Belian (Eusideroxylon zwageri) is a hardwood tree that does not belong to dipterocarp group. This tree belongs to the family Lauraceae. Belian tree is a tree species that grows slowly and will take up to 120 years to reach 30 cm diameter. However, the seed germinates easily if given a suitable environment. This tree can grow up to 30 m height with trunk diameter reaching 1 m. Belian seeds are poisonous and very hard.
The natural distribution is Indonesia (Kalimantan and Sumatra), Malaysia (Sabah and Sarawak Borneo) and the Philippines. It is known as Belian (Sabah and Sarawak Borneo); Borneo Ironwood (European Union); Belian, Onglen, Tebelian, Tulian and Ulin (Indonesia); and Biliran, Sakian and Tambulian (Philippines). Belian tree grows in lowland forest and secondary forest with a height of 500 m above at sea level. Belian trees are usually found along riverbanks. Belian is the official tree of Sarawak.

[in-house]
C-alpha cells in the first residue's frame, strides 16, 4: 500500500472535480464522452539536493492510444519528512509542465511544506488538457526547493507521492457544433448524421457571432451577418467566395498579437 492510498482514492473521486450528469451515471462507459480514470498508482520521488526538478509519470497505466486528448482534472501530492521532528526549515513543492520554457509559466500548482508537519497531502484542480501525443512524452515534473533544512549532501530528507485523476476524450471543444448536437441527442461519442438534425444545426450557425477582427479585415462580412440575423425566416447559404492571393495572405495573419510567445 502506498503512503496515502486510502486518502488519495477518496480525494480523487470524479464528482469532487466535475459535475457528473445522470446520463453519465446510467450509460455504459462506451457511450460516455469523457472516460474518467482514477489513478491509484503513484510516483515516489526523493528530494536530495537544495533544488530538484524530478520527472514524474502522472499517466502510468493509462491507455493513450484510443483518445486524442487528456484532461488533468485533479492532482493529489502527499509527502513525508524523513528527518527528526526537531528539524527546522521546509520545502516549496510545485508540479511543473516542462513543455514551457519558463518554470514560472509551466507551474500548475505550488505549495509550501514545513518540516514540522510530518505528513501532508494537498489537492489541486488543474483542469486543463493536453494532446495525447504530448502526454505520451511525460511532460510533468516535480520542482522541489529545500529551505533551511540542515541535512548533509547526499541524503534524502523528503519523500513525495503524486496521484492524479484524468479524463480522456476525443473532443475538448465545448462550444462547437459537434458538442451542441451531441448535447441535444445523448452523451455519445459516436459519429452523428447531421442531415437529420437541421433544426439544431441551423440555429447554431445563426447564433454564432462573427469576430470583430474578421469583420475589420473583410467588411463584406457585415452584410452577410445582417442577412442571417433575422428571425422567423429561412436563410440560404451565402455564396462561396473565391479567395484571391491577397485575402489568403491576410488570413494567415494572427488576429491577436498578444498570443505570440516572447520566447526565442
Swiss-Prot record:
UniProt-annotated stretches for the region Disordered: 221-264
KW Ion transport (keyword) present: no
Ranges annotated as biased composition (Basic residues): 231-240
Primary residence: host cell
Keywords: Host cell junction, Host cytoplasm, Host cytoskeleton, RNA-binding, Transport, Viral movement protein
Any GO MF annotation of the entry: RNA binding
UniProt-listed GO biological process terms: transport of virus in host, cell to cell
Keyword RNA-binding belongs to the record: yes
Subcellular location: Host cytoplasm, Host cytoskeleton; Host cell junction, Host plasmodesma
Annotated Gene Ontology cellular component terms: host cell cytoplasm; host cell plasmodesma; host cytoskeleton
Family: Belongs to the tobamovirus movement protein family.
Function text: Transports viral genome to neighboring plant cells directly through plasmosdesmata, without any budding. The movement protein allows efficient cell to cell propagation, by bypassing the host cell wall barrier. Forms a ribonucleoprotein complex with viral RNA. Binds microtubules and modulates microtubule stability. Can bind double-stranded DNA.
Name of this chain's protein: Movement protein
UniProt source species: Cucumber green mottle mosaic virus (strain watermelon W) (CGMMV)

Belian wood is categorized under heavy hardwood group and of high market value. The wood is very hard, does not rot easily and is naturally resistant because of the unique anatomical features, that it is nick-named as “Borneo ironwood”. Stumps of logged belian trees are still around decades after they were felled. Due to its density, Eusideroxylon zwageri is one of very few wood species that does not float in water. Belian wood is widely used in heavy construction and large-scale production such as for house structures, pillars, floors, and walls. Belian wood is also made into shingles for roofing. Dayak longhouse structure is usually built using belian wood. It is also valued highly as coffin wood by the Chinese.
In FRIM, flowering, belian tree can be seen near FRIM’s mosque.
Article by; Naimah CL, uploaded on 7 May 2014. The weekly weather was; rainiy with thunderstorms and temperature ranging from 24°C to 34°C.